Rolex Daytona 6241 'JPS Paul Newman 14K'

"I never thought we would ever have such a coveted and rare watch, unbelievable!" - was the first thing Jasper said when he finally saw it in real life; after one of our colleagues arrived from abroad, having just picked up this extremely rare Daytona.

Museum Piece
Rolex Cosmograph DaytonaRolex started making chronographs in the 1930s, but it was only in 1963 that a named product line was introduced: the Cosmograph.
"I never thought we would ever have such a coveted and rare watch, unbelievable!" - was the first thing Jasper said when he finally saw it in real life; after one of our colleagues arrived from abroad, having just picked up this extremely rare Daytona.No need in telling you how sought-after and wanted vintage Daytona's are. These Valjoux powered chrono's have been the star of many auctions the past couple of years, but one model in particular stood out; reaching close to a million euro in a recent auction: the "6241 PN JPS 14k." Let's break down these abbreviations and find out how truly rare this watch is.Starting with '6241; a chronograph that was produced for a mere 3 years, between 1966 and 1969, the example we have being one of the later ones. The configuration of this Daytona is the following: Pump Pushers and acrylic bezel. Many vintage watch lovers perceive the 6241 as the most attractive Cosmograph that ever saw light. Scholars estimate a total production of only 3000 pieces of this reference. Some made in steel, some made in 18K yellow gold, but very few in the 14K alloy! Believed to be made for the American market to avoid higher import taxes.Although the 6241 knows small production numbers, it does come in many varieties. The elusive "Paul Newman" dial being the most collectable. This lay-out was officially called "Exotic" and featured a lowered minute track, square markers and art-deco details in the sub-dials. Depending on the colour combination one can determine the true rarity and value. On top of the list is the black dial with champagne counters and outer minute track, also called the "John Player special". Named after the cigarette brand with the same colourway that sponsored Lotus in the formula one.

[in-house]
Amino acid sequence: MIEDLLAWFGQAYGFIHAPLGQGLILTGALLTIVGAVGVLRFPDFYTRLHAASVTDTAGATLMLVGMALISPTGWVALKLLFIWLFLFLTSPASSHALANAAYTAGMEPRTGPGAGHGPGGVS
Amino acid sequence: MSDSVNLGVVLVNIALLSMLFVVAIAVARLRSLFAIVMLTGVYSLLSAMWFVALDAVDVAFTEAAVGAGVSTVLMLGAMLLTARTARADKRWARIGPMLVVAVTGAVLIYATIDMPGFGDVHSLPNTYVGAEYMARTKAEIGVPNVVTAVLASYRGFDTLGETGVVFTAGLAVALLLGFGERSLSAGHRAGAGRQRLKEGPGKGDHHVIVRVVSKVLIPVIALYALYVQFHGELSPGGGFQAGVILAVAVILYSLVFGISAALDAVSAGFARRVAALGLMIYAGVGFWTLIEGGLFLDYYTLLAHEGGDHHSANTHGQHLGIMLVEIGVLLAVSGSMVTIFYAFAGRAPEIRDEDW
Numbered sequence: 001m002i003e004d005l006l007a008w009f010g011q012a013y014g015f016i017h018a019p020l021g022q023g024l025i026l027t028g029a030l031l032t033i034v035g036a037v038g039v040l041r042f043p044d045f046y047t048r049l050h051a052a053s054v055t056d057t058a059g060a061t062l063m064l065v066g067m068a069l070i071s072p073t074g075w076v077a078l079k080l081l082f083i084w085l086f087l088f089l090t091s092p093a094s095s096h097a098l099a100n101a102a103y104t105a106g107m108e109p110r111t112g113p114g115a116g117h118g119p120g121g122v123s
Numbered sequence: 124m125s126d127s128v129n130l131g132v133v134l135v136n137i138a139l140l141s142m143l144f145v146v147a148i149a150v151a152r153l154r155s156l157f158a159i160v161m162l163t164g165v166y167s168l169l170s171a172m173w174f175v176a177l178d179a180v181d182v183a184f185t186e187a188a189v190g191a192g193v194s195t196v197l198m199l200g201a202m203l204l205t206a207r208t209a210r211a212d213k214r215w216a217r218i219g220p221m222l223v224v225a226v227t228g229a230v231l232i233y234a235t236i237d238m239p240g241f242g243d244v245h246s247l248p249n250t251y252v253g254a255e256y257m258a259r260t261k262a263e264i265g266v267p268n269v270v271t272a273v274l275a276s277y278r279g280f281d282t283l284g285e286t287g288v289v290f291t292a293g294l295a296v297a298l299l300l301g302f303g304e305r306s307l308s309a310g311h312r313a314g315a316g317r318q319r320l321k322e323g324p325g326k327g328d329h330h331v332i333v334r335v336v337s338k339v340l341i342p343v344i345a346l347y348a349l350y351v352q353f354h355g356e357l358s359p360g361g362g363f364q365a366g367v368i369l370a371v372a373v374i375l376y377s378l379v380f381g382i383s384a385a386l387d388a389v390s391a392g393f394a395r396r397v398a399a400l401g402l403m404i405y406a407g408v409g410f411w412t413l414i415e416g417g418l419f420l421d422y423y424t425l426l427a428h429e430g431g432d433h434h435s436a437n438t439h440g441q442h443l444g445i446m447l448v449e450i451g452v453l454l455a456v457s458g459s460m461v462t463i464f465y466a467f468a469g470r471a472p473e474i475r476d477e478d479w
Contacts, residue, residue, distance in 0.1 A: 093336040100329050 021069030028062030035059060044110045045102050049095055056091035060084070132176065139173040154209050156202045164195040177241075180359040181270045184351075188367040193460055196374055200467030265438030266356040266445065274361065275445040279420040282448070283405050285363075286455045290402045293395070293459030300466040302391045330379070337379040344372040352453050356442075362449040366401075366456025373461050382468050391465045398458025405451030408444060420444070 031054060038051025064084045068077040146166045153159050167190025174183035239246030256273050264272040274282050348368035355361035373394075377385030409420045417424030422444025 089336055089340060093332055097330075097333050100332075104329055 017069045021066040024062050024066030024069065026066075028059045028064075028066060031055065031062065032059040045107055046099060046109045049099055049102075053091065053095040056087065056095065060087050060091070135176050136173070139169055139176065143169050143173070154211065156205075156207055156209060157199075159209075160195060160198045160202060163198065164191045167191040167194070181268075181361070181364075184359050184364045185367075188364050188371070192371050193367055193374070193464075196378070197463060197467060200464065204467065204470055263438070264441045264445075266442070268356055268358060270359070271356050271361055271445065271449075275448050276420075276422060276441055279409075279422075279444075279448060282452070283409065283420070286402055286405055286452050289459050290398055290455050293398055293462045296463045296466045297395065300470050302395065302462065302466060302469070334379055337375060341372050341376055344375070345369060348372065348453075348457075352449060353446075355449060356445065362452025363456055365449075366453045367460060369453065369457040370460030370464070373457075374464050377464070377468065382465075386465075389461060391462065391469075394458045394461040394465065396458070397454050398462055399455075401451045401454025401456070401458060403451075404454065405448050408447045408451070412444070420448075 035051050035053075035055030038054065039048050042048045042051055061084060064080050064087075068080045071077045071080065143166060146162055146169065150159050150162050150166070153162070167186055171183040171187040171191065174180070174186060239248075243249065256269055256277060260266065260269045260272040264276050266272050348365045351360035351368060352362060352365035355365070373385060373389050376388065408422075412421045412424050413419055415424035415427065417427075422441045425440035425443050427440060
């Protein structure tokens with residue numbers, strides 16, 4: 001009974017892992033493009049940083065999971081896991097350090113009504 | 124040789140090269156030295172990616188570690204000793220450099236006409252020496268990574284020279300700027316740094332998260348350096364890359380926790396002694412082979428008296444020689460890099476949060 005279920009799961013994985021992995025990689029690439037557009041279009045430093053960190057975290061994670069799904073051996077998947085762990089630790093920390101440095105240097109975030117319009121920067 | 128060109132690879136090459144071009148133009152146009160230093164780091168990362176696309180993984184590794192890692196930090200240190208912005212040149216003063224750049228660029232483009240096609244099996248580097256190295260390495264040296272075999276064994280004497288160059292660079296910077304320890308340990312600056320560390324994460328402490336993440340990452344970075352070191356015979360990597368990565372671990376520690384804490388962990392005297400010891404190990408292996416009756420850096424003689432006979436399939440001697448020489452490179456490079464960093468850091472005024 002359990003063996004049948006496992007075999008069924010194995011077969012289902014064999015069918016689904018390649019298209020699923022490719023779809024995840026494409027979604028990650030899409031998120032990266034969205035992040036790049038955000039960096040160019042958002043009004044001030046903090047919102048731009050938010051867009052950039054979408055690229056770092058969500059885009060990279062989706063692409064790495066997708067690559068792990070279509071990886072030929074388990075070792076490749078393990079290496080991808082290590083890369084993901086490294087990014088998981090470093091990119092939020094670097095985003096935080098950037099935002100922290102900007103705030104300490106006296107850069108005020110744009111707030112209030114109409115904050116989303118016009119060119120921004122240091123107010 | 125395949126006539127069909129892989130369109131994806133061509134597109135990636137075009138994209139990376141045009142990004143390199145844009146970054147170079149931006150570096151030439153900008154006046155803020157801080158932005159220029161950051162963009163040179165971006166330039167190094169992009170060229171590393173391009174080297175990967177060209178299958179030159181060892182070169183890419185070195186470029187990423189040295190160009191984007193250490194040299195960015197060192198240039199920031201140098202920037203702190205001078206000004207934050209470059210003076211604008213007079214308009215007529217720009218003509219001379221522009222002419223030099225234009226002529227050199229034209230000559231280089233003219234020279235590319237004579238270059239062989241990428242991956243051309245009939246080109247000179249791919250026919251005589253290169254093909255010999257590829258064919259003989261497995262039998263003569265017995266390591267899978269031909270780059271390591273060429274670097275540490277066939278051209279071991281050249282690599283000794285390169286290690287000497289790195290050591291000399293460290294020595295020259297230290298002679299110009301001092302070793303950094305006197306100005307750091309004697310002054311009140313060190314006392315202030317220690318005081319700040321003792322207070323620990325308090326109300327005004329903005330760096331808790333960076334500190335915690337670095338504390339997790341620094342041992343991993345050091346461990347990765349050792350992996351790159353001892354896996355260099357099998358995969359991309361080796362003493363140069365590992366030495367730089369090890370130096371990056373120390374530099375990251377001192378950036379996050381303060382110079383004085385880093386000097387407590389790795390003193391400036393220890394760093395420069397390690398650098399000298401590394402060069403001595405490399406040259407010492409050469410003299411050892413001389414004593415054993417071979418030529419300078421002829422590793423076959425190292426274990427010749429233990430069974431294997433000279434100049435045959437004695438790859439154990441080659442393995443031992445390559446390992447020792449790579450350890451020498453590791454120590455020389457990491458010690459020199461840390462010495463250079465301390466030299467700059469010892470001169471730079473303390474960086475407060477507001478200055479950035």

Rolex Cosmograph DaytonaRolex started making chronographs in the 1930s, but it was only in 1963 that a named product line was introduced: the Cosmograph. Although the following name never appeared on the dial; in early advertisements Rolex referred to this model as the ‘Le Mans’. Named after the famous race track in France. But to strengthen their position in the USA market (for the same reason they switched the depth rating from “meters first” to “feet first”), the Cosmograph was instead named after the racetrack in Florida: Daytona.The most noticeable difference between these Cosmograph Daytona models and earlier Rolex chronographs, was the tachymeter scale (used for measuring distance and speed) that was moved from its traditional placement on the dial to the bezel. Furthermore, the dial was updated with the introduction of contrasting sub-dials.It's hard to imagine now, but Daytona’s received little love after their release. The first Daytona’s (4 digit references) where manual wound whilst the demand of the Rolex clientele was focused on automatic wristwatches. Most Daytona’s languished in dealer displays for years. Due to the lack of popularity Rolex kept changing dial lay-outs and went on with experimenting different pushers & bezels, resulting in a lot of different models in small quantities. Noticed by the Italian collecting community that started purchasing these in the early 90’s as they spotted the potential. By this time, Rolex already switched to an automatic movement which was a Zenith El Primero-based calibre. The popularity began to grow and eventually led to the prominent place they have in the world of watch-lovers. The modern Daytona is the first model to be sold way above list price as they are hard to get but very wanted. The Zenith Daytona’s are rapidly increasing in price and the Valjoux-powered ones are dominating the auction world. For example, the world-record breaking Daytona owned by Paul Newman that still is the most expensive wristwatch ever sold. A big contrast with the $210 list price when it was first released!